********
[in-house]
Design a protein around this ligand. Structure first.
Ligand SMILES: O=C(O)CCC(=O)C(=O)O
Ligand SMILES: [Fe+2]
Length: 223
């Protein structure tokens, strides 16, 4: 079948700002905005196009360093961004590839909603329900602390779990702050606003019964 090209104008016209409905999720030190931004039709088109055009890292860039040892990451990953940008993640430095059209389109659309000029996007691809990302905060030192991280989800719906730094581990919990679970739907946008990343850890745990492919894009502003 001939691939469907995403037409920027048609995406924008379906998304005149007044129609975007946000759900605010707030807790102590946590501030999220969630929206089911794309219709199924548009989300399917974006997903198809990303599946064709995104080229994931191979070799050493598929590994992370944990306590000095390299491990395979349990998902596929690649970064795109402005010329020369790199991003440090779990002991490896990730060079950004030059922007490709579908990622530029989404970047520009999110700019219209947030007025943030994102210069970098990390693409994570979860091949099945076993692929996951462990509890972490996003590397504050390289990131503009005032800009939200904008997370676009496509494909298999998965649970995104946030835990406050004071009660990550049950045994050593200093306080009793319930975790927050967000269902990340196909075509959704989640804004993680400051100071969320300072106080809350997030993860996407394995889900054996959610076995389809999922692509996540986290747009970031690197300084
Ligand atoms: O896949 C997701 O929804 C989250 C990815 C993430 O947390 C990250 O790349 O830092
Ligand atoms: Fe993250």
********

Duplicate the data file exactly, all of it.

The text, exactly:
[in-house]
Design a protein around this ligand. Structure first.
Ligand SMILES: O=C(O)CCC(=O)C(=O)O
Ligand SMILES: [Fe+2]
Length: 223
């Protein structure tokens, strides 16, 4: 079948700002905005196009360093961004590839909603329900602390779990702050606003019964 090209104008016209409905999720030190931004039709088109055009890292860039040892990451990953940008993640430095059209389109659309000029996007691809990302905060030192991280989800719906730094581990919990679970739907946008990343850890745990492919894009502003 001939691939469907995403037409920027048609995406924008379906998304005149007044129609975007946000759900605010707030807790102590946590501030999220969630929206089911794309219709199924548009989300399917974006997903198809990303599946064709995104080229994931191979070799050493598929590994992370944990306590000095390299491990395979349990998902596929690649970064795109402005010329020369790199991003440090779990002991490896990730060079950004030059922007490709579908990622530029989404970047520009999110700019219209947030007025943030994102210069970098990390693409994570979860091949099945076993692929996951462990509890972490996003590397504050390289990131503009005032800009939200904008997370676009496509494909298999998965649970995104946030835990406050004071009660990550049950045994050593200093306080009793319930975790927050967000269902990340196909075509959704989640804004993680400051100071969320300072106080809350997030993860996407394995889900054996959610076995389809999922692509996540986290747009970031690197300084
Ligand atoms: O896949 C997701 O929804 C989250 C990815 C993430 O947390 C990250 O790349 O830092
Ligand atoms: Fe993250």